From Frazier Thomas: "Re: Misys. I read the the Misys press release about Daughters of Charity. Vern makes a reference, twice in fact, to Daughter’s Of Charity ‘Hospital’. I wonder if he even knows there is no such Daughters Of Charity HOSPITAL? It’s a whole health system, Vern. I guess I should cut him a break. He’s probably got a whole lot on his mind wondering what kind of employee he’ll be for Glen."
From Labrat: "Re: Baylor. The shake-up is true and relates to a conflict of interest issue. The BHCS rumor mill suggests that criminal charges could be pending."
From Up to You: "Re: NAHIT. More info on NAHIT and its stasis following Scott Wallace’s departure at the end of March. Includes some info on the organization’s financials, too." Link (although Modern Healthcare, despite carpet bombing the industry with free paper copies, inexplicably locks its online version behind registration, so you may not be able to read it).
From I-Wish: "Re: paper. Today I visited a new doctor. I downloaded my CCR-compliant medical history from my PHR to an encrypted memory stick. I arrived 10 minutes before my appointment time and handed the memory stick to the receptionist, who uploaded my medical history into the office EMR. I was immediately taken back to the exam room to see the doctor. Then I woke up!! In reality, I arrived 30 minutes before my appointment, filled out 20 pages of information that required me to put my name, SSN, DOB and insurance number on every page. I then waited an additional 40 minutes to get into the exam room and spent nine minutes with the doctor and was out the door and done! I have been working in Healthcare IT for 15 years now and nothing seems to have changed in the average doctor’s office for the $ billions spent. My dream is to have one doctor visit in my lifetime that does not require a piece of paper! I am a baby-boomer and it doesn’t look good. Maybe for my grandchildren?"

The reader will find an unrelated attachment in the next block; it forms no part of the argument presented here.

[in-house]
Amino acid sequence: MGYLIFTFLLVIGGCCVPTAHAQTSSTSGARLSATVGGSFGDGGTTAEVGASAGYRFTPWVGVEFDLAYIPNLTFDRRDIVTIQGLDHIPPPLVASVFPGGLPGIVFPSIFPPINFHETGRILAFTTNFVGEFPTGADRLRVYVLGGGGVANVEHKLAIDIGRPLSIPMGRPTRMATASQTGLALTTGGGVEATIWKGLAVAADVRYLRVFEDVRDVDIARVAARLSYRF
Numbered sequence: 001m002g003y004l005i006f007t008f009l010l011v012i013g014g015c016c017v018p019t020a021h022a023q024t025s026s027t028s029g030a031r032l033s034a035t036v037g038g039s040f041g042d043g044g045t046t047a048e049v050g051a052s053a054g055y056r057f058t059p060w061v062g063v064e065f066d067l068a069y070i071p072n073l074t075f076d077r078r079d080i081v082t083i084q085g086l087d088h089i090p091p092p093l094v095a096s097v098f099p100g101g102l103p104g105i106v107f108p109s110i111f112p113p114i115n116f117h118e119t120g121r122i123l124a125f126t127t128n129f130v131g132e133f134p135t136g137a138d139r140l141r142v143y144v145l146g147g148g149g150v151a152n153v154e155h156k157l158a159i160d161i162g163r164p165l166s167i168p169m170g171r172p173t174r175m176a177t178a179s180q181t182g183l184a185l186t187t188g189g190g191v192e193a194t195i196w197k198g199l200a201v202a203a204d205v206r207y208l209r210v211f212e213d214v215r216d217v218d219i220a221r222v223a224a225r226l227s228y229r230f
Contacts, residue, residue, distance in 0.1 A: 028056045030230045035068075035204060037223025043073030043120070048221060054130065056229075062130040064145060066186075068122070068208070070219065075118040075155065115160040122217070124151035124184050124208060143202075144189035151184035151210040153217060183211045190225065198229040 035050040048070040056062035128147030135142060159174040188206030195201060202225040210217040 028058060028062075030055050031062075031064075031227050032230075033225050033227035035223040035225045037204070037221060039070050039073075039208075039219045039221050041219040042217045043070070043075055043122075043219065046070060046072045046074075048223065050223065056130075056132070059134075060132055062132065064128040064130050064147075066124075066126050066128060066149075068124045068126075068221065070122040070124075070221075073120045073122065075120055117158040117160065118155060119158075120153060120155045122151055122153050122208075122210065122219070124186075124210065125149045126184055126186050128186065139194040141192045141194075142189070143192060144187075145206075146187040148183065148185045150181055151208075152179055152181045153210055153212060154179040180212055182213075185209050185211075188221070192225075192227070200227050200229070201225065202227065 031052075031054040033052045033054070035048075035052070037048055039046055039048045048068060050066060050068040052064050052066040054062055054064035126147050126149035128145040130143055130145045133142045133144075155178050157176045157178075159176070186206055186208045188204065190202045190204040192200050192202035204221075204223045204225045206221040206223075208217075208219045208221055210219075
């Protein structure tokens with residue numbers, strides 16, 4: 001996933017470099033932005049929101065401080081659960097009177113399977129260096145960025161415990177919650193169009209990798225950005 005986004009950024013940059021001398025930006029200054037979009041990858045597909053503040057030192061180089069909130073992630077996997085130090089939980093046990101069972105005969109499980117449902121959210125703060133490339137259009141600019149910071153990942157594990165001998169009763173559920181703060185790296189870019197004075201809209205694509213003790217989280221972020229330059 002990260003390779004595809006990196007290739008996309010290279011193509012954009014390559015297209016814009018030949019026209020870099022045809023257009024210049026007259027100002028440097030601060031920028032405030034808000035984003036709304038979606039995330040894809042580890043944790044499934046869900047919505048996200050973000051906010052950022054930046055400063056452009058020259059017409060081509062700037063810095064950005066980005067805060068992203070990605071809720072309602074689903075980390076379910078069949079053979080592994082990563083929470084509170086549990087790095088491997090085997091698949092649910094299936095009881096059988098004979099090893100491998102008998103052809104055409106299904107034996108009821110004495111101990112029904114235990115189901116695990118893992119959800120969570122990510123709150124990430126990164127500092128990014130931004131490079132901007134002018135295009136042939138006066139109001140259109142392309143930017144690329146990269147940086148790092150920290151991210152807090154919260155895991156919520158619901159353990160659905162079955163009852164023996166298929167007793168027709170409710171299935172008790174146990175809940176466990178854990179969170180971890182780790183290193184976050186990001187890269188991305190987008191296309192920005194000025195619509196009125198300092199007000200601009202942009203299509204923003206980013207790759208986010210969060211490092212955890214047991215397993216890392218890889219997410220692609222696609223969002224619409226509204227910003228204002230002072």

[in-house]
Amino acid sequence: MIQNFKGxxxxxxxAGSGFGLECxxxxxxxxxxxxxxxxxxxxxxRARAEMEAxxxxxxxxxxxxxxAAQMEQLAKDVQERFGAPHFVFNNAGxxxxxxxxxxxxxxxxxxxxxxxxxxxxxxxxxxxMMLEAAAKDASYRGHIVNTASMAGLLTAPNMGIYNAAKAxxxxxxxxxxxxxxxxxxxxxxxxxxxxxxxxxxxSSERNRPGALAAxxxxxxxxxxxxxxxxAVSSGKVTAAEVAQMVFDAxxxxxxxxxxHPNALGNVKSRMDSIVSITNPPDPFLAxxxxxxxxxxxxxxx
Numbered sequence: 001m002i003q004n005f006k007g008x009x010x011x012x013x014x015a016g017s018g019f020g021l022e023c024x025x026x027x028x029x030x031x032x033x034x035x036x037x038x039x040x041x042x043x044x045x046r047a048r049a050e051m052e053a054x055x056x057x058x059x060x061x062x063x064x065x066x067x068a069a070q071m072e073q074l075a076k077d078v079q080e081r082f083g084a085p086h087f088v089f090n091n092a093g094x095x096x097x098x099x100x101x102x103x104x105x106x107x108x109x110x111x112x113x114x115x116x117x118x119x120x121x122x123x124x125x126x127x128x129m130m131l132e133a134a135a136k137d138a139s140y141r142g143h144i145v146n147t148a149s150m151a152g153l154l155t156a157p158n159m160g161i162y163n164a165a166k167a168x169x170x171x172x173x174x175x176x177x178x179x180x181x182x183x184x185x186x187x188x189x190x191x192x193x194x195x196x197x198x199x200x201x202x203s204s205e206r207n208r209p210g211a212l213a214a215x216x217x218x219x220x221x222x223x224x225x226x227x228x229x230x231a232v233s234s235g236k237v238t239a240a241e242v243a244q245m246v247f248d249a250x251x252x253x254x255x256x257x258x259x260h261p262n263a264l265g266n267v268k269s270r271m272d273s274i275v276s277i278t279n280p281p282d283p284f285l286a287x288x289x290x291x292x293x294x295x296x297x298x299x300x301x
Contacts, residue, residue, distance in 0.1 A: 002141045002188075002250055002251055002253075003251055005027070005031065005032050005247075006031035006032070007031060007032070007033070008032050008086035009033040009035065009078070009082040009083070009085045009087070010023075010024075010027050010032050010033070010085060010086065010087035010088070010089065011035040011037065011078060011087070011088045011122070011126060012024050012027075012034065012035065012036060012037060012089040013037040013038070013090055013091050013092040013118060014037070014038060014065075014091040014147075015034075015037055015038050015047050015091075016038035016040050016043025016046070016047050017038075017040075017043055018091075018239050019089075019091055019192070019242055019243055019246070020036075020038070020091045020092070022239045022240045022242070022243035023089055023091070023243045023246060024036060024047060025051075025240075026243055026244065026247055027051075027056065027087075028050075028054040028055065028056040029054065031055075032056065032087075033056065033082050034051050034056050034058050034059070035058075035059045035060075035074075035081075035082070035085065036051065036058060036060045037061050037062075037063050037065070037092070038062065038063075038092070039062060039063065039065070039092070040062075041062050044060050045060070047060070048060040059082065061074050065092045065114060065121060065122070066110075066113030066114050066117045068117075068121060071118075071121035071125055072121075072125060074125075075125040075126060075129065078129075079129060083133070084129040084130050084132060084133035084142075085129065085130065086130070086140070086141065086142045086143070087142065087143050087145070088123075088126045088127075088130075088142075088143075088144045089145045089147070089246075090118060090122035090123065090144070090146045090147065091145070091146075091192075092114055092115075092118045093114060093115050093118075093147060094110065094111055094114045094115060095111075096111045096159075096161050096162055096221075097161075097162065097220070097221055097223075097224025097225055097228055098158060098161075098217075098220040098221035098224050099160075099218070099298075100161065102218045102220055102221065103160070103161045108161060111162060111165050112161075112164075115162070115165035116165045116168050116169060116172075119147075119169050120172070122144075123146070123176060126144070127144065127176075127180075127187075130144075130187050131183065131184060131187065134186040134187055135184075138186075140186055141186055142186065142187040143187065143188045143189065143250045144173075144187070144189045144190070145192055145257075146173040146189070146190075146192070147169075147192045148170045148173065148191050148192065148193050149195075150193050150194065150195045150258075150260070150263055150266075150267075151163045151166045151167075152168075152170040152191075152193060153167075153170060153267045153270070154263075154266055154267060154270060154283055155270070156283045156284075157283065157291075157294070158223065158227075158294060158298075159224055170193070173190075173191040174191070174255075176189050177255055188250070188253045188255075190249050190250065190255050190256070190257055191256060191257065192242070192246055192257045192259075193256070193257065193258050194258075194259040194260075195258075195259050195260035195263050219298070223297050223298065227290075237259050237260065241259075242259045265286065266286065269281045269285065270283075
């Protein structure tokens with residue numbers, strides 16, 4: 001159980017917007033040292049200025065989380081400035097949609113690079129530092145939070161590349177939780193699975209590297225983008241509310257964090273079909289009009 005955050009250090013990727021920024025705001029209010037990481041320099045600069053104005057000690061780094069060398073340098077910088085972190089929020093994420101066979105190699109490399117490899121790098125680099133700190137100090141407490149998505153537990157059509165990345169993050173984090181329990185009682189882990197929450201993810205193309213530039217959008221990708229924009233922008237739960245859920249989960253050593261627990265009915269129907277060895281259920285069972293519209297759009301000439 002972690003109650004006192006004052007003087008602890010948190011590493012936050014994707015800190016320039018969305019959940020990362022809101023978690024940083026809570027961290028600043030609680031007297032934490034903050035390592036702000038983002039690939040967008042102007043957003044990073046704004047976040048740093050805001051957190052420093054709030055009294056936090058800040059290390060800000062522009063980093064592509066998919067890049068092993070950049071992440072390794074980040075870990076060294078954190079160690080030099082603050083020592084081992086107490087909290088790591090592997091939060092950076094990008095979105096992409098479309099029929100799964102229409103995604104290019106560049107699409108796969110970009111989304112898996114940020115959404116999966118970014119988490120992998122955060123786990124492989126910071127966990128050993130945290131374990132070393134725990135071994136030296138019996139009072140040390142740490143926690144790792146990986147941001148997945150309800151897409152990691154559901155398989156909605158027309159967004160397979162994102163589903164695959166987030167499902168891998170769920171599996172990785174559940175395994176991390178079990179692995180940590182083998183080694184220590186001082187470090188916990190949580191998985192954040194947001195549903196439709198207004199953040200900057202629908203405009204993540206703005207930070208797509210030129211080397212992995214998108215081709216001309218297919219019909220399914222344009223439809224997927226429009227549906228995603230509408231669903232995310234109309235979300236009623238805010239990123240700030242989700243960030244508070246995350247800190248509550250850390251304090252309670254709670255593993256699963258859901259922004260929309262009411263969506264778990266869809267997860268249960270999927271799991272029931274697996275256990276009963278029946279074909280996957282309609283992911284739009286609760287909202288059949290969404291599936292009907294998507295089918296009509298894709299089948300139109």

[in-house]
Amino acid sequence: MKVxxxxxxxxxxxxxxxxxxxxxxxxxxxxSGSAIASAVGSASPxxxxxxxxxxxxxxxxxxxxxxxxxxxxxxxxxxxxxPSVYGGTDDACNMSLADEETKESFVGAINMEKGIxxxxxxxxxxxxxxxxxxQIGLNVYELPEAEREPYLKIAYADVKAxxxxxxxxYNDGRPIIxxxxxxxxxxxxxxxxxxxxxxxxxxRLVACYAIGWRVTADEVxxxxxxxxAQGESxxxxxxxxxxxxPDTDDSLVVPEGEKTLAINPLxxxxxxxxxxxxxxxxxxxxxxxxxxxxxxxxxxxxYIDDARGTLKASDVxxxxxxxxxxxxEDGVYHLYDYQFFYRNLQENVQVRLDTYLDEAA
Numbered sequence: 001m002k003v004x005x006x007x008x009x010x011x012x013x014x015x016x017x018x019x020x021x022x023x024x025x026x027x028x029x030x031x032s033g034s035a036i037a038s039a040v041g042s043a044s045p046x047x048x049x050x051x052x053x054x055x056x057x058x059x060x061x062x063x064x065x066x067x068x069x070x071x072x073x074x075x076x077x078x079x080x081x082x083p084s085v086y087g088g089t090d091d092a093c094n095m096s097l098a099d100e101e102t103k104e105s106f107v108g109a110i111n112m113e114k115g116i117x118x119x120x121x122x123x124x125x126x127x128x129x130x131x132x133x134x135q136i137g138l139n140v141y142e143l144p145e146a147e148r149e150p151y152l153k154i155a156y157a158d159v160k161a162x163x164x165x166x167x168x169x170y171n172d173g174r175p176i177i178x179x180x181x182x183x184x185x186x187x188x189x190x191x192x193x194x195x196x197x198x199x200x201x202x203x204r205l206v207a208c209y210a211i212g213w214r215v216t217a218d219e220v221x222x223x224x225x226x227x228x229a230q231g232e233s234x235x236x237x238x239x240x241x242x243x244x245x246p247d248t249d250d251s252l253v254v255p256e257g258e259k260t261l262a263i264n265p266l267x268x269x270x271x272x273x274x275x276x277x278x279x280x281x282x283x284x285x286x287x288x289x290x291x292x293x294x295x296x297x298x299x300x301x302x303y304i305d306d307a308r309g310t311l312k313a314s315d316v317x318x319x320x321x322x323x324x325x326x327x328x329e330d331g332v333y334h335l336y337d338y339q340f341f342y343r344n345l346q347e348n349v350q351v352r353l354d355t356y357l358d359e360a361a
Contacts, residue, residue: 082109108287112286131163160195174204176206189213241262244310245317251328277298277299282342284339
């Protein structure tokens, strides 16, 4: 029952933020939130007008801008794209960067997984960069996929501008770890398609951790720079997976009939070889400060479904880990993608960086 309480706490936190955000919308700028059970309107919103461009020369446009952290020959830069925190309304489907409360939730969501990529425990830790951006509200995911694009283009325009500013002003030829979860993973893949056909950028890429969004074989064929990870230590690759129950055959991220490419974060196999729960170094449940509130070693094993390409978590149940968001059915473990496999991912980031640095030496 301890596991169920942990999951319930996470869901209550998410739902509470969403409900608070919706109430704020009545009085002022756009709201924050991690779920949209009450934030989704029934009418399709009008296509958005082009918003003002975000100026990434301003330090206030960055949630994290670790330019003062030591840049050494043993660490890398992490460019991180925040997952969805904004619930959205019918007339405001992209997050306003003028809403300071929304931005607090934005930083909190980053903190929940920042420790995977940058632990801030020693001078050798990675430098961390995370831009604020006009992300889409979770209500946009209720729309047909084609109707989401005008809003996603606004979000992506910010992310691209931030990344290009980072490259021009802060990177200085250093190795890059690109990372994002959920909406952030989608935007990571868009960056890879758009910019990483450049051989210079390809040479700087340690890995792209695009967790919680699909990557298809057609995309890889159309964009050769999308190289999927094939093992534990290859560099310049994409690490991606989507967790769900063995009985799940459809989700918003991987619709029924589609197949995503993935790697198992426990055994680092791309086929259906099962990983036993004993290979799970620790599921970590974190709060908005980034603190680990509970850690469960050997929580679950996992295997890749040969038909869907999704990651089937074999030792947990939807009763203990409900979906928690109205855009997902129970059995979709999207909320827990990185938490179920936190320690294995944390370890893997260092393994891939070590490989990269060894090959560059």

From Terminal Stare: "Re: CIO credentials. Have you noticed how many new CIOs don’t even have a graduate degree these days? No clinical credentials and minimal education – remind me again why they’re paid more than doctors?"
Thanks to HISJunkie, whose HTP/RelayHealth tip gave HIStalk readers the news at least 12 hours ahead of everyone else. Transaction processor HTP and its 65 employees will stay in Columbus under the RelayHealth name.
McKesson will pay $13 million in civil penalties for failing to report suspicious pharmacy sales of controlled substances to the DEA.
University of Michigan Health System finishes its online order entry project, claiming a 29% reduction in medication errors and a 40% drop in turnaround time for urgent meds. None of the press releases mentioned who their vendor is and the intrepid reporters didn’t ask that painfully obvious question, but I believe it’s Eclipsys Sunrise Clinical Manager.